The Connecticut Department of Public Health said Monday the investigation into a COVID-19 outbreak at a Norwich nursing home has found serious violations in infection control measures.
The department is issuing an "immediate jeopardy" statement of deficiency finding for the Three Rivers Healthcare, where 21 residents and five staff members have contracted COVID-19.
DPH officials said three of the residents have died. A fourth is hospitalized. The remaining infected residents are recovering at the facility, segregated from other residents.
The DPH investigation began on August 17 and involves on-site visits, interviews with residents and staff and a review of facility records.
A statement of deficiency is a federal enforcement action, made by DPH on behalf of the Centers for Medicare and Medicaid Services, the federal entity that regulates nursing homes participating in the Medicare and Medicaid programs. This "immediate jeopardy" finding means federal infection control measures have been violated and the violations are serious enough to "risk imminent harm to life."
According to DPH, the outbreak began on July 24 when a staff member tested positive for COVID-19 during routine weekly testing. From there, violations in infection control measures led to the spread of the virus.
DPH said the violations found include failure to ensure cohorting to prevent the transmission of COVID-19, failure to properly utilize PPE, failure to ensure a 14-day quarantine for residents exposed to COVID-19, failure to ensure property visitor screenings, and more.
“DPH is deeply saddened by the further loss of life in nursing homes related to COVID-19. We will continue our robust monitoring and enforcement activities in partnership with CMS to ensure that nursing homes are providing a safe environment for their residents” said Acting DPH Commissioner Deidre S. Gifford in a statement. “Our investigation uncovered system-wide failures in this nursing home in infection control practices, that merited the finding of immediate jeopardy. DPH is committed to holding facilities accountable and ensuring that improvements in patient care are made so residents’ lives are not put in danger.”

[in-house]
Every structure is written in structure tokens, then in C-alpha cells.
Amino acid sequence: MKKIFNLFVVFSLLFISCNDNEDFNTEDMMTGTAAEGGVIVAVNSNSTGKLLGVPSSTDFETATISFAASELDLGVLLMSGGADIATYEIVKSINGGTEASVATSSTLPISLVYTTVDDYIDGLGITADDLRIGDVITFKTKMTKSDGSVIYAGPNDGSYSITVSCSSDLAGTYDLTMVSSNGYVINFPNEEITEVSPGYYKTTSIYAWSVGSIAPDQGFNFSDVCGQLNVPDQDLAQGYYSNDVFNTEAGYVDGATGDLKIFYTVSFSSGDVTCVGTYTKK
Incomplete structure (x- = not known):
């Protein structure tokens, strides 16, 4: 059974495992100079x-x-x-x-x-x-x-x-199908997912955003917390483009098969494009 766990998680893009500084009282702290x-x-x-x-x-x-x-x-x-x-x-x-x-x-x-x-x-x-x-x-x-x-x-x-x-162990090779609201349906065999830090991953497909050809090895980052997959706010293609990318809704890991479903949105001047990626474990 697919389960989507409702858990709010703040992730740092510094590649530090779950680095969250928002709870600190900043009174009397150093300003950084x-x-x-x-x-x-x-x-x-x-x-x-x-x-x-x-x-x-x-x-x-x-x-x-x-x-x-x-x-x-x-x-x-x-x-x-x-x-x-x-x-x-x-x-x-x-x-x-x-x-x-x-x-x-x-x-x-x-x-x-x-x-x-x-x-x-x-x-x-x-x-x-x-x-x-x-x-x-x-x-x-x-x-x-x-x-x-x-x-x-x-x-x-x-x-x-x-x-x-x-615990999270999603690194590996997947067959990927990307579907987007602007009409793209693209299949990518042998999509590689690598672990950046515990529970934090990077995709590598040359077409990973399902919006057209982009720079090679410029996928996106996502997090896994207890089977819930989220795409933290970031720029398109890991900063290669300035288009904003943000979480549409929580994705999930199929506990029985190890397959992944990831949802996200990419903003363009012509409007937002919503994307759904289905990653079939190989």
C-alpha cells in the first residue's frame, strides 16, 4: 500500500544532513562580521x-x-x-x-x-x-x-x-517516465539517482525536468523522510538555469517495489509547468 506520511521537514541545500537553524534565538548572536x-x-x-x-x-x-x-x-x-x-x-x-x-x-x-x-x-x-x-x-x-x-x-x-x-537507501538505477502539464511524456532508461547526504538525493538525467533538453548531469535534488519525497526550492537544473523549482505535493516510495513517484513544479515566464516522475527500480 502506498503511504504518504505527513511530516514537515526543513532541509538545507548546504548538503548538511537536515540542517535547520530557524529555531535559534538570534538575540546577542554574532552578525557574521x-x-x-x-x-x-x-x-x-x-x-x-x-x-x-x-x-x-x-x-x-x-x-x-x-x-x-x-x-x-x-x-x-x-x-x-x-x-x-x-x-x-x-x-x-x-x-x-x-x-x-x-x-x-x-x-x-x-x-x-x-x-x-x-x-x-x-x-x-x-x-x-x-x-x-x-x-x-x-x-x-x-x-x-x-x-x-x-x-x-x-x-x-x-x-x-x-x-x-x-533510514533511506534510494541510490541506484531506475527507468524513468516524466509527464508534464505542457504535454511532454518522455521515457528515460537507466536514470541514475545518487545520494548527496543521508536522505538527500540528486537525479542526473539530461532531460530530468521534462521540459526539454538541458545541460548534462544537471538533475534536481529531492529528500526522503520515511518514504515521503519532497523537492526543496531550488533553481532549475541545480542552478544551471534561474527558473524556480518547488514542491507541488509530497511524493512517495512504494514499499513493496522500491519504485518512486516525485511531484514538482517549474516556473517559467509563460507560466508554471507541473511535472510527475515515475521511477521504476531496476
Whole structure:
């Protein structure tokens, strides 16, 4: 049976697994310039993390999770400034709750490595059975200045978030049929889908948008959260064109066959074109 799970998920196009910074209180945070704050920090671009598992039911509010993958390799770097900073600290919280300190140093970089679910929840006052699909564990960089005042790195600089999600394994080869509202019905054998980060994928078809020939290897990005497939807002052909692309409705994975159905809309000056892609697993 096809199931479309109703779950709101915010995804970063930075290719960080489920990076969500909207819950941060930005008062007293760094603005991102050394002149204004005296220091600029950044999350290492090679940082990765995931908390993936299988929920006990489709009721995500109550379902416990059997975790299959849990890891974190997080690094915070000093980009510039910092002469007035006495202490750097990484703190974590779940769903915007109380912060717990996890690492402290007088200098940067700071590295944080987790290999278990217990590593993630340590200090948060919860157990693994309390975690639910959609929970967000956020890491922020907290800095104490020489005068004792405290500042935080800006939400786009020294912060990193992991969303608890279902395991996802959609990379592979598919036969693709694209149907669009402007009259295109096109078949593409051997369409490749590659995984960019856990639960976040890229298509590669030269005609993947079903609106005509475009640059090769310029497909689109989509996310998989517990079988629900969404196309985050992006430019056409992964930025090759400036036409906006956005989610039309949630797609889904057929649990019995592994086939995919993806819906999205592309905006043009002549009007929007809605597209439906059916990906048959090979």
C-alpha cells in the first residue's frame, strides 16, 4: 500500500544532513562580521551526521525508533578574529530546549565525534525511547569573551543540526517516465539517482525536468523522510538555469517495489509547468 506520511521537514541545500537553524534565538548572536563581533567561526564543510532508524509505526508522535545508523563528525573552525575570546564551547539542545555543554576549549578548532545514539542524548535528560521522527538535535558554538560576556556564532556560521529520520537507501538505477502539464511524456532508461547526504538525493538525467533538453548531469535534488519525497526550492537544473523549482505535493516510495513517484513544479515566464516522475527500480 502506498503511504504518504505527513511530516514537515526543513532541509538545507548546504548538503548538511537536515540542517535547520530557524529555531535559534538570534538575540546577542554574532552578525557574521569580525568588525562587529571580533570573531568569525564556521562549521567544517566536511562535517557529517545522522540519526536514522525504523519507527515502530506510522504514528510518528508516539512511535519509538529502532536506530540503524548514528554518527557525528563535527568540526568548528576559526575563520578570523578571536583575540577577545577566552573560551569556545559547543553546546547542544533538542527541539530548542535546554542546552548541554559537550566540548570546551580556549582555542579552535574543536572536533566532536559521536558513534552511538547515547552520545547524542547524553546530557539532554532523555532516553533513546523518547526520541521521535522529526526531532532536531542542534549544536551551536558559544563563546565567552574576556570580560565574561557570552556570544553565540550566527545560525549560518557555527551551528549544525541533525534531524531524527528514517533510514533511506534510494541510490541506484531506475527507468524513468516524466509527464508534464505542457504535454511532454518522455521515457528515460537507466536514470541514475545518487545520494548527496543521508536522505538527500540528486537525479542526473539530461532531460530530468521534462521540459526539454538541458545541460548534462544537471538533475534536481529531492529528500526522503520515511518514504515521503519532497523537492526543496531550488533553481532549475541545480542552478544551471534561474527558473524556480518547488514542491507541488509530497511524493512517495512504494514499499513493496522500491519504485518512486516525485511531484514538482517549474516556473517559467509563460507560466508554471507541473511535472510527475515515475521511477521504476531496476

The facility will have 10 days to present a plan of action to address the findings and improve care.
DPH is also investigating whether state regulations or laws have been violated.
Scott Ziskin, president and CEO of JACC Health Center of Norwich, which operates Three Rivers Health Care released a statement on Thursday:
“The health and safety of our residents and the staff members who care for them is our greatest priority at Three Rivers Healthcare—after the COVID-19 pandemic began in March, our infection control policies and procedures kept our residents and staff COVID-free for over four months. Since the occurrence of positive COVID-19 cases reported in our home, we have been working with the state Department Public Health (DPH) and its epidemiologists as we monitor the health of our residents and staff. This week, we submitted a comprehensive plan for corrective action to DPH, and we continue to work with DPH on a daily basis to implement the plan as the situation evolves. We offer our deepest sympathies to the families and loved ones of the three residents who succumbed to the virus, and remain ever-vigilant in keeping everyone in the Three Rivers family safe.”